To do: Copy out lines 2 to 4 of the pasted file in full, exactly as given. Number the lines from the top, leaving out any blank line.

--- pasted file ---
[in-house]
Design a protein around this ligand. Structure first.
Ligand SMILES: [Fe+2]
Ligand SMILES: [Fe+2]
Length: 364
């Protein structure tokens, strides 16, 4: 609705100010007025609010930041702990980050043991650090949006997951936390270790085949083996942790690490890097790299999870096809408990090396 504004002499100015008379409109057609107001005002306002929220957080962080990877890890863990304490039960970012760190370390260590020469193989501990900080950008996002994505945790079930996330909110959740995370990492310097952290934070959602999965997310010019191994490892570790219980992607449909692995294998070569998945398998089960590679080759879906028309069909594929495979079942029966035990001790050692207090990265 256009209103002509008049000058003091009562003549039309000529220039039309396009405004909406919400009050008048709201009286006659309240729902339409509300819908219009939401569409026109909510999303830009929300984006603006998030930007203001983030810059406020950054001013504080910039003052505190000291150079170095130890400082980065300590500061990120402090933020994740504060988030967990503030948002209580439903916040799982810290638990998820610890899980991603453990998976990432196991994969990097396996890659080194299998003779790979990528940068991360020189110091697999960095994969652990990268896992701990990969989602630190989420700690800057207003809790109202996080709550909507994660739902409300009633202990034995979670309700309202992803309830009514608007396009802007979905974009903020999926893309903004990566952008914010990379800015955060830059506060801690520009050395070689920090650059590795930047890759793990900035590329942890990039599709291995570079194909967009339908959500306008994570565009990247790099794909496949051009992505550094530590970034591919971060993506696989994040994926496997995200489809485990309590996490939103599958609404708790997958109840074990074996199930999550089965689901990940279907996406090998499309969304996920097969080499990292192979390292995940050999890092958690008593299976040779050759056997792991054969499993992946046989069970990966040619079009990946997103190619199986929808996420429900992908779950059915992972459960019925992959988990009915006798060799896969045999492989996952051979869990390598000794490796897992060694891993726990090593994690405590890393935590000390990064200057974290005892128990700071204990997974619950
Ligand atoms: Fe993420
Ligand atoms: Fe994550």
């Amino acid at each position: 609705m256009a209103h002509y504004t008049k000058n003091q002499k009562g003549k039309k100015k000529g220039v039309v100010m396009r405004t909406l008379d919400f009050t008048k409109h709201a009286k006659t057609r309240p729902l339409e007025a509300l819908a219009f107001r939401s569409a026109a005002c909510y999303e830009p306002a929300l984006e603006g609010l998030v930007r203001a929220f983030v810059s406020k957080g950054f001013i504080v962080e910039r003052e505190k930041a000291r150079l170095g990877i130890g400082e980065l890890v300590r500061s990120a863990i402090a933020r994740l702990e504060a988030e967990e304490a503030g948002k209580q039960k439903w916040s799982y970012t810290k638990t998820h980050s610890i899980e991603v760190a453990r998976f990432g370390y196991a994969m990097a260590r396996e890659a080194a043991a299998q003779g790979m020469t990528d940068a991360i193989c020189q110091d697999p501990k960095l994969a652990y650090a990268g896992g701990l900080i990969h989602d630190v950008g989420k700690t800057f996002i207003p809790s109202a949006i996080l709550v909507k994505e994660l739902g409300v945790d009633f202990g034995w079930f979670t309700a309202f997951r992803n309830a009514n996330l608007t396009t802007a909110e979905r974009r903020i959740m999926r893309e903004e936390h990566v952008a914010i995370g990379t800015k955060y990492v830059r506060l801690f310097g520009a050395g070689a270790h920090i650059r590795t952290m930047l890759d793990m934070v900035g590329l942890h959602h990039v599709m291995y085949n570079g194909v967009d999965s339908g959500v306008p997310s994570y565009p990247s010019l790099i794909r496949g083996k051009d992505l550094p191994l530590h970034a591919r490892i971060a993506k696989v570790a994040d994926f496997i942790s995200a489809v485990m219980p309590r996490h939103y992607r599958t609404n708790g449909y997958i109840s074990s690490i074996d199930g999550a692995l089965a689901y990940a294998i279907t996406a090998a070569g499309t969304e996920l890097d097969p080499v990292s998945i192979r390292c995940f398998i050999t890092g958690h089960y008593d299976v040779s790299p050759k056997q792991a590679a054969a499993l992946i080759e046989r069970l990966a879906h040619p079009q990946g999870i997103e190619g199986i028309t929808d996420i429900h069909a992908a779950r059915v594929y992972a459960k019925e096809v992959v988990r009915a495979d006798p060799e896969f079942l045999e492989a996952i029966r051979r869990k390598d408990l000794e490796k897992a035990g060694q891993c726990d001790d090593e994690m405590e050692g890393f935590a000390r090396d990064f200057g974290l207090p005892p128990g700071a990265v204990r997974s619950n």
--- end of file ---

Design a protein around this ligand. Structure first.
Ligand SMILES: [Fe+2]
Ligand SMILES: [Fe+2]